Tuesday 6 June, 2023

The road taken

With apologies to Robert Frost.

Quote of the Day

”I like Wagner’s music more than any other music. It is so loud that one can talk the whole time without people hearing what one says. That is a great advantage.”

  • Oscar Wilde

Musical alternative to the morning’s radio news

Stephen Foster | Beautiful Dreamer | Leslie Guinn, baritone, Gilbert Kalish, piano.


Recorded on period instruments at the Smithsonian Institute, Washington, D.C

Long Read of the Day

The partisans beyond the filter bubble

Terrific Substack post by Charles Arthur (Whom God Preserve) on some research which challenges some of the myths about online filter bubbles. The takeaway conclusion Charles draws is that

Small groups of: (i) ageing (ii) right-wingers (iii) on their desktop computers (because this study wasn’t — couldn’t – be carried out on mobile, only desktop) get their information from unreliable, partisan news sites. The study doesn’t say whether they then go on to share it on Facebook or on their Twitter account grumpyboomer032945231, but it’s not hard to imagine that’s what happens.

This isn’t to let the search algorithms off the hook either, but does go to show that the real problem, as ever, lies with the humans.

Worth reading the whole piece. It’s thought-provoking, not least because it challenges some conventional wisdom about the impact of social media.

Books, etc.

Kieran Setiya has a nice review of Florence Hazrat’s Brief History of the Exclamation Mark!.

Hazrat’s book is packed with wonderful factoids. Other names for the exclamation mark include “the screamer, the slammer, the bang, the gasper, and the shriek.” Not surprisingly, “!” is much-derided. F. Scott Fitzgerald compared the exclamation mark to laughing at one’s own joke, while the journalist Philip Cowell called it “the selfie of grammar.” Yet, writes Hazrat, “it exists in nearly every language from Persian to Mandarin.” We clearly need it!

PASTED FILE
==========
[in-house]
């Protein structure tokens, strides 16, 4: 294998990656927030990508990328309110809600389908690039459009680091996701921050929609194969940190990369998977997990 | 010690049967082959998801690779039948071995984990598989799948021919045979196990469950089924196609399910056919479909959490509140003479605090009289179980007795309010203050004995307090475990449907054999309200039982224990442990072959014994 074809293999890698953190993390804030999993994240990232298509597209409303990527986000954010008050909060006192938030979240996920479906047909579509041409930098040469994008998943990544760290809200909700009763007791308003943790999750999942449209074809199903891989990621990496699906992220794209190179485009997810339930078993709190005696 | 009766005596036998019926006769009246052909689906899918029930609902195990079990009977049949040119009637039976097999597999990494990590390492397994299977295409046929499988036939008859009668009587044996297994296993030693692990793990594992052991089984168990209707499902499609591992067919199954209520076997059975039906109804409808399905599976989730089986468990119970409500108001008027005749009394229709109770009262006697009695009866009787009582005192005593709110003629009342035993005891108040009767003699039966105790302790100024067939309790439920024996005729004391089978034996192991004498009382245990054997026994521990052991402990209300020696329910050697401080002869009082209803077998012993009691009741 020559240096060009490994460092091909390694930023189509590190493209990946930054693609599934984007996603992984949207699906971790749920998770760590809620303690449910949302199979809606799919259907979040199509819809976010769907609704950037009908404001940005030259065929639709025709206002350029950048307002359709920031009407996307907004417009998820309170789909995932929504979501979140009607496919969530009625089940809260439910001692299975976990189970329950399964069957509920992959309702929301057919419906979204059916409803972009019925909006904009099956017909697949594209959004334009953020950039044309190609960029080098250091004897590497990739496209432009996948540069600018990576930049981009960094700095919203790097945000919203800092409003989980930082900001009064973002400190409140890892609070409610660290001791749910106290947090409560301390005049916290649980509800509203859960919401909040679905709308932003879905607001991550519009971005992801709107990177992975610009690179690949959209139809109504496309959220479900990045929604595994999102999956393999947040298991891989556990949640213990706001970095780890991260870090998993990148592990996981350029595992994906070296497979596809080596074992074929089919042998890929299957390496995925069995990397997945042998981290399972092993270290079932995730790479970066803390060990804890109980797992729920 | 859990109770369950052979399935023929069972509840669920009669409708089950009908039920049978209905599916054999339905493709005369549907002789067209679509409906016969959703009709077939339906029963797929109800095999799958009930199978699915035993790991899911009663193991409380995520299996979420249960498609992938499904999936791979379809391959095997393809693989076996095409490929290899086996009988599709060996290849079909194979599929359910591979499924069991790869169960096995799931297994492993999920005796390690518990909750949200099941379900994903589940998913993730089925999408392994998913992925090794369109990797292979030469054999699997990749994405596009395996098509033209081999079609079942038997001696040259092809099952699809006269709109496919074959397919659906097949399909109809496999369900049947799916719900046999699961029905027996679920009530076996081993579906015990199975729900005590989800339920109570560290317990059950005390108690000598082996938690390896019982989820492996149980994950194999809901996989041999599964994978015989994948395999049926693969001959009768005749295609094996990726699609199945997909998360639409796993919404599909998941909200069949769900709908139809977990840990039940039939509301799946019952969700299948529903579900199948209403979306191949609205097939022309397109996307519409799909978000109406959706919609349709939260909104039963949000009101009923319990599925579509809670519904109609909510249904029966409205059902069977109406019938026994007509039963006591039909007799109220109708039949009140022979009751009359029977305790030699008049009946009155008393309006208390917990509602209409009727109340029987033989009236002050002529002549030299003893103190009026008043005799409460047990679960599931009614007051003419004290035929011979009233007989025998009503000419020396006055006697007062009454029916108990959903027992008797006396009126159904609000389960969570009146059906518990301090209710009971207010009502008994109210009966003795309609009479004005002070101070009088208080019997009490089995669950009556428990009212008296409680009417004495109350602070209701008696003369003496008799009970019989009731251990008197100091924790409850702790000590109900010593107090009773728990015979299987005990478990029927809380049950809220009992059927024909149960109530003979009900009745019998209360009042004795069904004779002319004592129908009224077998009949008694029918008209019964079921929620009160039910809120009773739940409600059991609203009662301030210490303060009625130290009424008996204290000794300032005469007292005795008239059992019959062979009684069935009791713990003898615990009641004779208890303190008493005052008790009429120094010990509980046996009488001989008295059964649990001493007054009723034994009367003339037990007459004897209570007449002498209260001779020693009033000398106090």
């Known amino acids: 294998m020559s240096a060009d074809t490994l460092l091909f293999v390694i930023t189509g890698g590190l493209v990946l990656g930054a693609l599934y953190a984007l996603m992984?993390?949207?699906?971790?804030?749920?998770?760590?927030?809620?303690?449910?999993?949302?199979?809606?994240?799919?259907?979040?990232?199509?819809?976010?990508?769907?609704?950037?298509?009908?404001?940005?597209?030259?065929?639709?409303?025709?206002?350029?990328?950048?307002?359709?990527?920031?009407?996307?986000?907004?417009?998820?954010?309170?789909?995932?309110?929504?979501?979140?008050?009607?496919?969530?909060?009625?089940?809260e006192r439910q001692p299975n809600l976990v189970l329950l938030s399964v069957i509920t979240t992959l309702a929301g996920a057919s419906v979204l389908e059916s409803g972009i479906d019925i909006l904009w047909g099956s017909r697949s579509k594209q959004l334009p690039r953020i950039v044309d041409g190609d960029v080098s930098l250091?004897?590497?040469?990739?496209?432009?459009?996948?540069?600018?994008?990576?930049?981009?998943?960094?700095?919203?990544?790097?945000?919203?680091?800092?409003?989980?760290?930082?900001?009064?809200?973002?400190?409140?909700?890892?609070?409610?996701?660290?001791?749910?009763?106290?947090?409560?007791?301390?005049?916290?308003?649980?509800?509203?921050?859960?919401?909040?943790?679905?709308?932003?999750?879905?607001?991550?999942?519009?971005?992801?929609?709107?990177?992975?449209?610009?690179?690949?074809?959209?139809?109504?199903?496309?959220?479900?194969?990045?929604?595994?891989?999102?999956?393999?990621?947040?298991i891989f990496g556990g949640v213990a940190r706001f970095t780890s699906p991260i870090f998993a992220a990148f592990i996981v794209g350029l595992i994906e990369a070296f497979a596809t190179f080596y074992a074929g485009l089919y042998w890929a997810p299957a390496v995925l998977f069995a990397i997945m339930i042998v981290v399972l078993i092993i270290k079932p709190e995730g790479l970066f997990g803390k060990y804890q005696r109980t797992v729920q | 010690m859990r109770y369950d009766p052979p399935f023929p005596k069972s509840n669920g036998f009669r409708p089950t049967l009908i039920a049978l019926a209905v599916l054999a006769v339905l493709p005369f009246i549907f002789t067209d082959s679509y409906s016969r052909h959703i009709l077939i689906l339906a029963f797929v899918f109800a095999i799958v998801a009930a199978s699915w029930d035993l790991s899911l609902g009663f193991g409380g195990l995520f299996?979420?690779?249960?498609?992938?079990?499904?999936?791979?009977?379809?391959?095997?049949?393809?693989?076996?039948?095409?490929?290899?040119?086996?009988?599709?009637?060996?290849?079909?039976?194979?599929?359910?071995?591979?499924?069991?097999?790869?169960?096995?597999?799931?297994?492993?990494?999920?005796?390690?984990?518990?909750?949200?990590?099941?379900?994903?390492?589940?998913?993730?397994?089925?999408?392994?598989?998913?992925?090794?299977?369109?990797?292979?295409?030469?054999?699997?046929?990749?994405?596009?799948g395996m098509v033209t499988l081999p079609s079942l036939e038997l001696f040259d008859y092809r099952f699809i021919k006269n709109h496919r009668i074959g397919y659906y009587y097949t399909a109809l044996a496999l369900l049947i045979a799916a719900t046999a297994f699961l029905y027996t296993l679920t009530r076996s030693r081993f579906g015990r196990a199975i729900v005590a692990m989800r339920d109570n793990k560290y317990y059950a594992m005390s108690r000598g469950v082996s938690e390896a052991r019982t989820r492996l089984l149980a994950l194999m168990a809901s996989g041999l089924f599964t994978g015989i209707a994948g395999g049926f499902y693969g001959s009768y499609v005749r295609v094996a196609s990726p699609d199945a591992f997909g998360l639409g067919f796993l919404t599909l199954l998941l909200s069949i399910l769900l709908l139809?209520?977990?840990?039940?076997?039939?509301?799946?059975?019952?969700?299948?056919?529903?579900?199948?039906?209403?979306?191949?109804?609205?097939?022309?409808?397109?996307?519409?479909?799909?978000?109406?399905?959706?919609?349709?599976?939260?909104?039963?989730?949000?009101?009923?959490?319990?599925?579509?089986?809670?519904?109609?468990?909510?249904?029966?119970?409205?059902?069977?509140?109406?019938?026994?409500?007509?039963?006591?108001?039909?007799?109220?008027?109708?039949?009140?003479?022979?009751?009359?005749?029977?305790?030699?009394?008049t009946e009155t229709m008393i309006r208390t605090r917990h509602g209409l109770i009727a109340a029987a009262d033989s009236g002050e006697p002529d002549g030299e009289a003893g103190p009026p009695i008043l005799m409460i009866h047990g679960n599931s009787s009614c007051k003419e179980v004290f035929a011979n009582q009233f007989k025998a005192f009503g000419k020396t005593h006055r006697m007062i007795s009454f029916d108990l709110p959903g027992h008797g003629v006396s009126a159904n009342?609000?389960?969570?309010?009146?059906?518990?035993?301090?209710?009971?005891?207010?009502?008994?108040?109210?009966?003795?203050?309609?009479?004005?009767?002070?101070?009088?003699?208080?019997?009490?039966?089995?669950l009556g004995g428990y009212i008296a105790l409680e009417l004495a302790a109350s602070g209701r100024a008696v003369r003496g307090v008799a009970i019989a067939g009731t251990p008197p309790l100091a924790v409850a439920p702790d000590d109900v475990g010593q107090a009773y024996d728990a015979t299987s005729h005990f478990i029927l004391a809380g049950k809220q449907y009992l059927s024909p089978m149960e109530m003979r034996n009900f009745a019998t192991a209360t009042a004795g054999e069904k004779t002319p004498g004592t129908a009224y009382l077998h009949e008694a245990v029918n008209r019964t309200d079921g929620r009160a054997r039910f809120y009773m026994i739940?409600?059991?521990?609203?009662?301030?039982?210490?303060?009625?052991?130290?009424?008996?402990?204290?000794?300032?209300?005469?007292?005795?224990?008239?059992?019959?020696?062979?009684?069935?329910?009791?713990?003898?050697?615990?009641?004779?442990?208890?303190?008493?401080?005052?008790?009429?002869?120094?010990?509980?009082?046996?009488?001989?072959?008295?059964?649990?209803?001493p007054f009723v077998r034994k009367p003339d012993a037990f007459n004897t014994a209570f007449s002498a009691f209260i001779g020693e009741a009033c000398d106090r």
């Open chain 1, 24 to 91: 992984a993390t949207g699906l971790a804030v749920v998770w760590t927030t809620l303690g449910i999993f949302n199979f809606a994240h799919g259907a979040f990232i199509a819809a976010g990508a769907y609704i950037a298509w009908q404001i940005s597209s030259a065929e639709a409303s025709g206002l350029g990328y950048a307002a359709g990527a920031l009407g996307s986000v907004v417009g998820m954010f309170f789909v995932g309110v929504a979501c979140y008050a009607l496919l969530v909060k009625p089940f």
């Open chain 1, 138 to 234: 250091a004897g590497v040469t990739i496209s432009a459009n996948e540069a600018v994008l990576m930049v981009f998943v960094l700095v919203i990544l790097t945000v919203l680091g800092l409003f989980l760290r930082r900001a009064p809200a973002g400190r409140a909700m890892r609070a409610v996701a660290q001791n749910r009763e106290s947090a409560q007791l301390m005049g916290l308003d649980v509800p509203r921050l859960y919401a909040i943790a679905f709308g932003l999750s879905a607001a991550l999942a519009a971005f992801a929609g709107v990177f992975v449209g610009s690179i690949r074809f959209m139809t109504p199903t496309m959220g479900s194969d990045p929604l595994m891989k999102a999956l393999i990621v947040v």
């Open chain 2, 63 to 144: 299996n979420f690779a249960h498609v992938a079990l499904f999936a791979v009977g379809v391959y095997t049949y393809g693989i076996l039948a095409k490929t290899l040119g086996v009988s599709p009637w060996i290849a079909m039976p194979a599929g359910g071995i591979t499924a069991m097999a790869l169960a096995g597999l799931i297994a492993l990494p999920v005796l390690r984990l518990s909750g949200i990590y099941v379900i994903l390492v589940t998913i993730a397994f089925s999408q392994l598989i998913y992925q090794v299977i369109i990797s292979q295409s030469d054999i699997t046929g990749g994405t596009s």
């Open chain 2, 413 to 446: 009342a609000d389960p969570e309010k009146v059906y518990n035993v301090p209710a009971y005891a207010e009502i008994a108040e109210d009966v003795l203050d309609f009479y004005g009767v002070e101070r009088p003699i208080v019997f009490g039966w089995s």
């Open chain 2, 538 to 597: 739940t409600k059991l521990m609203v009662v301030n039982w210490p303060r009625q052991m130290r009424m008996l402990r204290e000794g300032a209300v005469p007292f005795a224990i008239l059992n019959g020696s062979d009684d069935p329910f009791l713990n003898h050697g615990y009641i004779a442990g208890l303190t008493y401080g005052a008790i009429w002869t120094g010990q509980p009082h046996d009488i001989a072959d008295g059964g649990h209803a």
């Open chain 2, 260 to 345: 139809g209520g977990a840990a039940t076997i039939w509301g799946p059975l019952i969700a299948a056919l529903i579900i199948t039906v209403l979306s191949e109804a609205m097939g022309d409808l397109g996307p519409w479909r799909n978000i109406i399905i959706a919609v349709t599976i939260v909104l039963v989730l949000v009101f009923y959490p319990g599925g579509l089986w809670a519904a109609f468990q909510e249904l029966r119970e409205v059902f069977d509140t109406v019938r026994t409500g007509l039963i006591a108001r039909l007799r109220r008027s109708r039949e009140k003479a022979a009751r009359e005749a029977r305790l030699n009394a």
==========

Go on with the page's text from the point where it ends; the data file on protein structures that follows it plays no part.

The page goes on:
Thanks are due, then, to Alpoleio da Urbisaglia, who first used a full stop with an apostrophe or raised comma to mark “exclamatory or admirative sentences,” an innovation formalized as “!” by Coluccio Salutati in 1399.

Among punctuation marks, “!” is unique in splicing syntax with sentiment:

The power of the exclamation mark to orchestrate tone and feeling makes us nervous, at least some of us. ! has a foot in both camps: grammar and rhetoric; cold hard rule and fuzzy emotion. It sits perched between syntactical exactness and blurry subjectivity, revelling in its double identity, a queer mark that defies binaries…

This helps to explain its massive overuse in email, especially by those, like me, who resist the emoticon.

Guilty as charged, m’lud!

My commonplace booklet

Thank you for not answering

Remarkable, slightly eerie, short experimental film made entirely by ‘Generative AI’. Artist Paul Trillo was the Director.

It’s a claustrophobic film that could have taken oodles of time, money and special effects to shoot, but Trillo generated it in minutes using an experimental tool kit made by an artificial-intelligence company called Runway.

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